Memoir: Thomas Harvey 1906 – 1984

My dad died thirty years ago today …



“Grandad looks like John Wayne,”
my daughter said, pirouetting away.

In the westerns I wrote he filled in corners –
the stage coach driver, the friendly sheriff
with spreading paunch and bowed back,
his holstered gun never drawn in anger,
yet stubborn as a mule when the chips were down.

In photographs he holds me high above
his head like a talisman: pride bright
in his blue eyes I could never fulfil.

Writing, he stands between my sentences:
bits of a life that catch like grit in the mouth.
Once I ran, sobbing, after him until, reaching
down, he swung me, safe, in his arms.

He stands in all the doorways of my childhood.
Stands for my meanness, my grudging thanks,
those shifts of direction which push him
further and further behind.

Driving home to visit I’d passed him
on the road before I realised, stooped
and suddenly slow, one leg turned sideways,
an old man I’d failed to recognise.

Laughter and meaning clogged thick in his lungs:
they moved him to a private room and fitted
a green mask fast over his face; each breath
rattled dry stones along the bed of his throat,
his mouth peeled back and back
until it disappeared.

Yet a week or so before he died,
the old smile alive for a moment in his eyes,
he beckoned the prettiest nurse and as
she bent to catch his words,
nuzzled the hard plastic of his mask
against her face to steal a kiss:
an act of imagination great
as any John Wayne ever made.

Early JBH.IMG_0005 2


My father is dying.
Scent of apples from the night stand.
I reach out my hand and rest one
hard against my face; he taught me
to tell the real thing from the fake:
hold it close beside the ear and shake.
A genuine Cox, the seeds will rattle
loose inside their case.
You see. He told me
and I swallowed every word by rote.
Five cotton towns of Lancashire,
five woollen towns, four rivers
that flow into the Wash – Witham,
Welland, Nen and Great Ouse.
Once learned, never forgotten.

My father is dying.
He died nine years ago this June.
They phoned from the hospital with the news.
His face a cask once used
for storing living things.
A cup of tea, grown cold and orange,
on the stand beside the bed.
Fingernails like horn, unclipped.
Though dead, my father is still dying.
Oh, slowly, sure and slow as the long fall of rain.
I reach out again for the apple
bright and sharp,
safe inside the hollow of my mouth.


Art Chronicles: Helen Frankenthaler Again



Photo : Burt Glinn

Helen Frankenthaler, whose work is currently on show at Margate’s Turner Contemporary, was one of a relatively small number of women artists who managed to find a means of negotiating their own distinctive and successful art practice in the midst of what was, by and large, a male dominated New York art scene in the 1950s and 60s. Here she is, above and below, pictured with two other artists from that number – Joan Mitchell (left) and Grace Hartigan (right) – at an opening of her show at the Tibor de Nagy Gallery in March 1957.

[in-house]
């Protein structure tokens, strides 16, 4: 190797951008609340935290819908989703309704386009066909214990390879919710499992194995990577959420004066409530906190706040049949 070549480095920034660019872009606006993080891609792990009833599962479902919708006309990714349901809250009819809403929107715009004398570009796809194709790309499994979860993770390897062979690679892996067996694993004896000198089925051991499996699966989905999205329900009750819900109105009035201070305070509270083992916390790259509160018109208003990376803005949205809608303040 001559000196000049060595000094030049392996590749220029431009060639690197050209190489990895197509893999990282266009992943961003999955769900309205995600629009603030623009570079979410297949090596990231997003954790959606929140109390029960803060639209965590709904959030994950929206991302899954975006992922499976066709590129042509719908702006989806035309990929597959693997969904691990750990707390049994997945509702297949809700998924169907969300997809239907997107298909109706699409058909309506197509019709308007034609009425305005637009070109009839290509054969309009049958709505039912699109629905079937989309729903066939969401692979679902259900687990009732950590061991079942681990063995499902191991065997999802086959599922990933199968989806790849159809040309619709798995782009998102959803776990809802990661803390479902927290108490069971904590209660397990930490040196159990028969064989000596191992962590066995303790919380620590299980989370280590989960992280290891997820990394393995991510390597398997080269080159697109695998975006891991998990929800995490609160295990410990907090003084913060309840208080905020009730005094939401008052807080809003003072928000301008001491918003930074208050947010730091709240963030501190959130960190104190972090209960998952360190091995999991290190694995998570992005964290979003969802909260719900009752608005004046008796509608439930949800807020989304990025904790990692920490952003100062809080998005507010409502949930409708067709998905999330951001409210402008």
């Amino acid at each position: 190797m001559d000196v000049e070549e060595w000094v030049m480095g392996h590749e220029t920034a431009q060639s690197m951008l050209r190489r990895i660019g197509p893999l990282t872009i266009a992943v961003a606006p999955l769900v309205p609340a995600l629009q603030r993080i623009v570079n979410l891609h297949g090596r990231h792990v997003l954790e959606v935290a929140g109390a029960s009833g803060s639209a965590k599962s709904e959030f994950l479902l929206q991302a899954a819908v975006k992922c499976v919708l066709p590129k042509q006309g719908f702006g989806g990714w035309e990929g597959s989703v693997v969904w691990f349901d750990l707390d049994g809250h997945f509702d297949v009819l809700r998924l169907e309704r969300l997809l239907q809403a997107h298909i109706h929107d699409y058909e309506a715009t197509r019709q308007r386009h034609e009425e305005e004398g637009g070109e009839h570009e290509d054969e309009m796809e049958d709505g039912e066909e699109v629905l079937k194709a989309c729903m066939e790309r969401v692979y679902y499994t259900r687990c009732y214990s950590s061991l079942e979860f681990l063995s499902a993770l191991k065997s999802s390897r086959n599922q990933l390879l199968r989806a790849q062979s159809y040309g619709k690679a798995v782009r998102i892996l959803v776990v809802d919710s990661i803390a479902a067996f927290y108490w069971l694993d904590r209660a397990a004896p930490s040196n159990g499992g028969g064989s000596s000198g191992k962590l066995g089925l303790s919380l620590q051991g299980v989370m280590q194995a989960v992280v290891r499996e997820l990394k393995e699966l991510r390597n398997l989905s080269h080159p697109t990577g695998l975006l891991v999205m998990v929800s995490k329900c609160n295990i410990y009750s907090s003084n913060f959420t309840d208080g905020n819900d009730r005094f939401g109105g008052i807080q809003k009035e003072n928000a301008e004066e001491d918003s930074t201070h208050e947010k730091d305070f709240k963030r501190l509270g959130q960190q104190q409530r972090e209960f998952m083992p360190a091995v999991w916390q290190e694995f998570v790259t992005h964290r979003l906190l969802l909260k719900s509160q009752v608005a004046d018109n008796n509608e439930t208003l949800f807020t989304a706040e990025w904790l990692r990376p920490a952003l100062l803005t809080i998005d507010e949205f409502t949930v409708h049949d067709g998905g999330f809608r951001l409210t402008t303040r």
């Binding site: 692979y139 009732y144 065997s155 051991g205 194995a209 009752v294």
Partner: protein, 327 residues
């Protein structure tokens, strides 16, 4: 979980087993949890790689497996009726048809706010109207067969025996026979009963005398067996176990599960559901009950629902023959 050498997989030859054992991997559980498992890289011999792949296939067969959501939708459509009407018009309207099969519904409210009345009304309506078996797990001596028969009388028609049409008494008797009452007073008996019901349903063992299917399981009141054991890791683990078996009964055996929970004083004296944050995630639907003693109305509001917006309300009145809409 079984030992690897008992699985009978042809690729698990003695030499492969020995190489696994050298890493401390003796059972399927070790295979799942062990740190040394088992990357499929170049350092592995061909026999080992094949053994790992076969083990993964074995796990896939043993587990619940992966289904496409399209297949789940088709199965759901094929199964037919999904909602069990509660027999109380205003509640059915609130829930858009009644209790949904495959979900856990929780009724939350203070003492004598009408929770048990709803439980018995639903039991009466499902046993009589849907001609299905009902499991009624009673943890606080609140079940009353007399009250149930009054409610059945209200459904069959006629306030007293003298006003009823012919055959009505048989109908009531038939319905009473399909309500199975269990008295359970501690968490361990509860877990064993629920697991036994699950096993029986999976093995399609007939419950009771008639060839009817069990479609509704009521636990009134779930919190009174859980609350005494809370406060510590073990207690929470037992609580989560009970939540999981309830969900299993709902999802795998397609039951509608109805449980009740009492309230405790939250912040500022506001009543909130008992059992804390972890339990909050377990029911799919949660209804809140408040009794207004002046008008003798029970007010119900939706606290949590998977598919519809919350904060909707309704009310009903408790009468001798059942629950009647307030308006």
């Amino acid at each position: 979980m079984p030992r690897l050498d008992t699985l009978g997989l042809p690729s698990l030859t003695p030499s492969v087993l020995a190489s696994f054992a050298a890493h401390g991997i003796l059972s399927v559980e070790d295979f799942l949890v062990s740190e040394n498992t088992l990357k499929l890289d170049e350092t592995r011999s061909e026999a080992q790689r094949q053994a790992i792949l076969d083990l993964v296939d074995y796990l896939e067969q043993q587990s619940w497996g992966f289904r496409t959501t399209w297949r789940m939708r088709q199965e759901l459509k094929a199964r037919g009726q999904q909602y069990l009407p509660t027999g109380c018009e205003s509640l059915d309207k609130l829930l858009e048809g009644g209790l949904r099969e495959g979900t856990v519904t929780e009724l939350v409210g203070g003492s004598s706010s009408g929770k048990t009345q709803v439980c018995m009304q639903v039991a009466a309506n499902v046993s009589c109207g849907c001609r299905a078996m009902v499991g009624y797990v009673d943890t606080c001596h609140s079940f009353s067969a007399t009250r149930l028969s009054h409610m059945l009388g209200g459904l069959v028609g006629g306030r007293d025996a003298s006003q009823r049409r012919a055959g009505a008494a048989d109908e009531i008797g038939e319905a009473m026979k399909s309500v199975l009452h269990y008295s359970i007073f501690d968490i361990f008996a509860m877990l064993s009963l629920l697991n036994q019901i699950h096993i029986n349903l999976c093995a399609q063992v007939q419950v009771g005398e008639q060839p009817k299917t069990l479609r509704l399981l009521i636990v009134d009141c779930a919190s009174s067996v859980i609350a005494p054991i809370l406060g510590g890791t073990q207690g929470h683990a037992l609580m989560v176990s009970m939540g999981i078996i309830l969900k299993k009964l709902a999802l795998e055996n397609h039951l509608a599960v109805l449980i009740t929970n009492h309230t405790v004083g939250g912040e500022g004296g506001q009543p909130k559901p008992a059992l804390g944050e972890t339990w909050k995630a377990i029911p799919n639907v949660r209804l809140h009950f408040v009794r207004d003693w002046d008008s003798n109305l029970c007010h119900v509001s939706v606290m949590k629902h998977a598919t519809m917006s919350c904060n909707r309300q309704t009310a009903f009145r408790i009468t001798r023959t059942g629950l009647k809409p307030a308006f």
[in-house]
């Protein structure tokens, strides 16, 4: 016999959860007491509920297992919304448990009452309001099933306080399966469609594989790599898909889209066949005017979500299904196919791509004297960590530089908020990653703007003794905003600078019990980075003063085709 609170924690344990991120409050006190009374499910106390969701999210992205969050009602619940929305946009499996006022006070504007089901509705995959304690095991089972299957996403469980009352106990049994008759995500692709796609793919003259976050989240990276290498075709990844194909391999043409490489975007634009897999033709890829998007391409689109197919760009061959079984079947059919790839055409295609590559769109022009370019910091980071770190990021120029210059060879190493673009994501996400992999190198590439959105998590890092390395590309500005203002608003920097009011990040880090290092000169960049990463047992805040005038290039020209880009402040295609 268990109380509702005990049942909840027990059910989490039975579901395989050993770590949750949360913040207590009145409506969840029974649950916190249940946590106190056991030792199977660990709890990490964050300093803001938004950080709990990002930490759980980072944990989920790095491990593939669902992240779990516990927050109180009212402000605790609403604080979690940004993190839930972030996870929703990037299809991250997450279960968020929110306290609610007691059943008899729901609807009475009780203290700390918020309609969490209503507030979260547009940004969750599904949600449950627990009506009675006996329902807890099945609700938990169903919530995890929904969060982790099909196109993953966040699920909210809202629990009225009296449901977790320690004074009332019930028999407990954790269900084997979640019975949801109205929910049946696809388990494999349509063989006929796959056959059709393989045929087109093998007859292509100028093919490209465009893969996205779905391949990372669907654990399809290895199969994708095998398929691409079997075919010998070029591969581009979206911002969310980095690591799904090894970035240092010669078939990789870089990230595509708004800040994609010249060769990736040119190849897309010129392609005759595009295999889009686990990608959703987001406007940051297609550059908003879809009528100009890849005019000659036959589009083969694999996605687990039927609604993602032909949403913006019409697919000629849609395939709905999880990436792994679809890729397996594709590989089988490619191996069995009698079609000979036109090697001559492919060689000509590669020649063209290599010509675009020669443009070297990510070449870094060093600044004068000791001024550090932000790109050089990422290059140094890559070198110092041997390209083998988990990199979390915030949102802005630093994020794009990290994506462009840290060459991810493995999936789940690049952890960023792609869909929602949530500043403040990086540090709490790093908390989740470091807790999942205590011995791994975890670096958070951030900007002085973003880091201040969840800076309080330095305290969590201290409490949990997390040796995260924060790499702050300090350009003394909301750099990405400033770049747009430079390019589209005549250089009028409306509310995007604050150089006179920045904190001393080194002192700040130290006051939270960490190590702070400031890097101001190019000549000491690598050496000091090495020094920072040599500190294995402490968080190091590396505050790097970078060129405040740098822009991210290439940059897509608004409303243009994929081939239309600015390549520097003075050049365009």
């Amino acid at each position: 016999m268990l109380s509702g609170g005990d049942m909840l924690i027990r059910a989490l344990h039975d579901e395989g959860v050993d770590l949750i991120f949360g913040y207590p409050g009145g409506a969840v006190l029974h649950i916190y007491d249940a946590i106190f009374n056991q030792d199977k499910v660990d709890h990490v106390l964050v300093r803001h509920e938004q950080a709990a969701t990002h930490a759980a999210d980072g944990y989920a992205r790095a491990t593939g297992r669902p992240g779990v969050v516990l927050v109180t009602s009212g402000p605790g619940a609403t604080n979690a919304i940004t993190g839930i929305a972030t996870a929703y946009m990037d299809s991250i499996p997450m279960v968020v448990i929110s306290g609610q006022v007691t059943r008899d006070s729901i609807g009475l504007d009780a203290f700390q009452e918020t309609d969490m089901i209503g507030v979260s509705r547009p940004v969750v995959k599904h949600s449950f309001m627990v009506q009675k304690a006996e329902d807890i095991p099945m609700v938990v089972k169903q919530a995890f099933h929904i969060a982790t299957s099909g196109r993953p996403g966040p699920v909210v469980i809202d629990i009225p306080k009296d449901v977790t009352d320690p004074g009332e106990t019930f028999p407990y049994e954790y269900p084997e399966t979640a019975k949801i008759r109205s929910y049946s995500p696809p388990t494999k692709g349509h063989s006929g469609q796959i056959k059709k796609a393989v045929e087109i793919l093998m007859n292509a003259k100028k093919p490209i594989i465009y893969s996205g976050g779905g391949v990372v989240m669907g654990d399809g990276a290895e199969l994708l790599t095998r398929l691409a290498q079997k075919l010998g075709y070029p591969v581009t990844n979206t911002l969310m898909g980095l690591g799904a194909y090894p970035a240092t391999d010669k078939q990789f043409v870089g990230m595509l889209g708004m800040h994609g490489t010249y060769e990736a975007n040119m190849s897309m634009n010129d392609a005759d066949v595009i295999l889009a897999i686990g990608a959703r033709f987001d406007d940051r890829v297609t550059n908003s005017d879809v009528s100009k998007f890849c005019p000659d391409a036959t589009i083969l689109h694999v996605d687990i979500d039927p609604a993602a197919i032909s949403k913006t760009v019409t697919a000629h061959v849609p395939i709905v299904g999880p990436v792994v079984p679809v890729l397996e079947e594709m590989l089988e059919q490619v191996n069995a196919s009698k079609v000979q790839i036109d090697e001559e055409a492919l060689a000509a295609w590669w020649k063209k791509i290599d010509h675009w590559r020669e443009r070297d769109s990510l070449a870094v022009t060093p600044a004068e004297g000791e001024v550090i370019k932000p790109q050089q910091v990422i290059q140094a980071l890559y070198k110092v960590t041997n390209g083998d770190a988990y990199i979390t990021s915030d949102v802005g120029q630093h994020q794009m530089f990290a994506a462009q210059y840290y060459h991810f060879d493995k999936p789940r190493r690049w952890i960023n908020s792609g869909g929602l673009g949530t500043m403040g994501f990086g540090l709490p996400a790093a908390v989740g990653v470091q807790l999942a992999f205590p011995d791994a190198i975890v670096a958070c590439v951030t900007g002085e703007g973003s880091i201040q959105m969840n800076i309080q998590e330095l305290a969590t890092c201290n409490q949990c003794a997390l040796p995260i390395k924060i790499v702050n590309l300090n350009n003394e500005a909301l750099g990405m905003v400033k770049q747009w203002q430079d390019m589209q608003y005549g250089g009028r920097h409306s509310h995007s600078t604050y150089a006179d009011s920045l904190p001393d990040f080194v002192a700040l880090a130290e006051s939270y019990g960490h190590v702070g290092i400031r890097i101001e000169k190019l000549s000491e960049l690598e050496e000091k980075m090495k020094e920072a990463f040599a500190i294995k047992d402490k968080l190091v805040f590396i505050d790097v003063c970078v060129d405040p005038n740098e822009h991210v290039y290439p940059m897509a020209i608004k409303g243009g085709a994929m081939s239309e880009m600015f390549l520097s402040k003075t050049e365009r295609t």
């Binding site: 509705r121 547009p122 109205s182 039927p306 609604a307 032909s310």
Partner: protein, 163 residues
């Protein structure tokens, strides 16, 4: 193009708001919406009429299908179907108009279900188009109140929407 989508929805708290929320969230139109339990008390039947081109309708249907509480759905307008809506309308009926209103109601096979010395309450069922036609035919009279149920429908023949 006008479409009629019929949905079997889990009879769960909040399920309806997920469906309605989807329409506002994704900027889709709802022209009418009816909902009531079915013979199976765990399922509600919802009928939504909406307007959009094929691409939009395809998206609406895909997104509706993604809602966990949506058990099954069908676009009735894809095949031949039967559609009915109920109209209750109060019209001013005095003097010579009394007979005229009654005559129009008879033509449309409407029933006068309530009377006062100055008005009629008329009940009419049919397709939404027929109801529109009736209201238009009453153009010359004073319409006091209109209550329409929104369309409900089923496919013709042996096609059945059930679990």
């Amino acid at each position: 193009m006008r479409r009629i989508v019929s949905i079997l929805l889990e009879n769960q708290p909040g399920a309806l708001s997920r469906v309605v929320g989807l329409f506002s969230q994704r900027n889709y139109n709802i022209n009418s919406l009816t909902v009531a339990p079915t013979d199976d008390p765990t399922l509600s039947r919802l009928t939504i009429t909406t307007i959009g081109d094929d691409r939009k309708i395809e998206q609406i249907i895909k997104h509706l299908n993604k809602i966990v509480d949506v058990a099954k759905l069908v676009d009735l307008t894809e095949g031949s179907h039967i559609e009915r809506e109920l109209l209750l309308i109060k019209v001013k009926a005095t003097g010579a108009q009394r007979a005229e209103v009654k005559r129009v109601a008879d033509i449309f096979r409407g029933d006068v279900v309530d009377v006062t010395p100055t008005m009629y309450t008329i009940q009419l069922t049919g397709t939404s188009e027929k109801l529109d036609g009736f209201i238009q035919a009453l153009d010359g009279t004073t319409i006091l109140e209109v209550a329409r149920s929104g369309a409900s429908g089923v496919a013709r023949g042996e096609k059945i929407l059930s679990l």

Photo : Burt Glinn

Photo : Burt Glinn

And here are Frankenthaler and Hartigan again, hanging out at the Five Spot, a jazz club where Thelonious Monk famously played, and where the painter/musician Larry Rivers organised poetry & jazz events on Monday evenings, Monk’s night off.

Photo : Burt Glinn

Photo : Burt Glinn

That’s Frankenthaler on the left, in front of the sculptor, David Smith, while Hartigan is on the opposite side, across from the poet Frank O’Hara, with Larry Rivers on her right. O’Hara, who reviewed art shows for Art News and other magazines, worked at the Museum of Modern Art, first as an administrative assistant and later as a curator, and was a personal friend of many artists, including Jane Frielicher, Joan Mitchell and Grace Hartigan, to each of whom, at various times, he dedicated poems.

It was O’Hara who curated and wrote the catalogue essay for Frankenthaler’s first major show, Helen Frankenthaler Paintings, held at the Jewish Museum between January and March of 196o. This is part of what he had to say about her work …

Frankenthaler is a daring painter. She is willing to risk the big gesture, to employ huge formats so that her essentially intimate revelations may be more fully explored and delineated, appear in the hot light of day. She is willing to declare erotic and sentimental preoccupations full-scale and with full conviction. She has the ability to let a painting be beautiful, or graceful, or sullen and perfunctory, if these qualities are part of the force and clarity of the occasion.

Helen Frankenthaler, Hotel Cro-Magnon, Courtesy Milwaukee Art Museum

Photo : Burt Glinn


Photo : Burt Glinn



Reading Matters: Lee Harwood

Out with the North-East London Ramblers the other weekend, a pleasant ten-miler that fetched up at Chichester – partly along the edge of the water, partly through fields, and all nicely flat – we broke off for lunch at the village of Bosham, which brought to mind Lee Harwood’s Old Bosham Bird Watch and other stories, an A4 size pamphlet published by Ric and Ann Caddel’s Newcastle-based Pig Press in 1977.

That’s Lee, right, taking a rest from some of his own rambling …



out of nothing comes …

nothing comes out of nothing

cut                  /            switch to

a small room, in a building of small rooms. “Enclosed thus”. Outside there are bare trees groaning and twisting in the wind. A cold long road with houses either side that finally leads down hill to a railway station. The Exit.


Out on the estuary four people in a small dinghy at high tide. Canada geese and oyster catchers around. The pale winter sunlight and cold clear air. Onshore the village church contains the tomb of Canute’s daughter, the black Sussex raven emblazoned on the stone.

Small rooms.

I still have mine – no. 122 out of an edition of 200 – rust-red cover fading now on the back, my inscription on the title page telling me I bought it in April, 1978 for the princely sum of 60p, almost certainly at the much-lamented Compendium bookshop in Camden Town.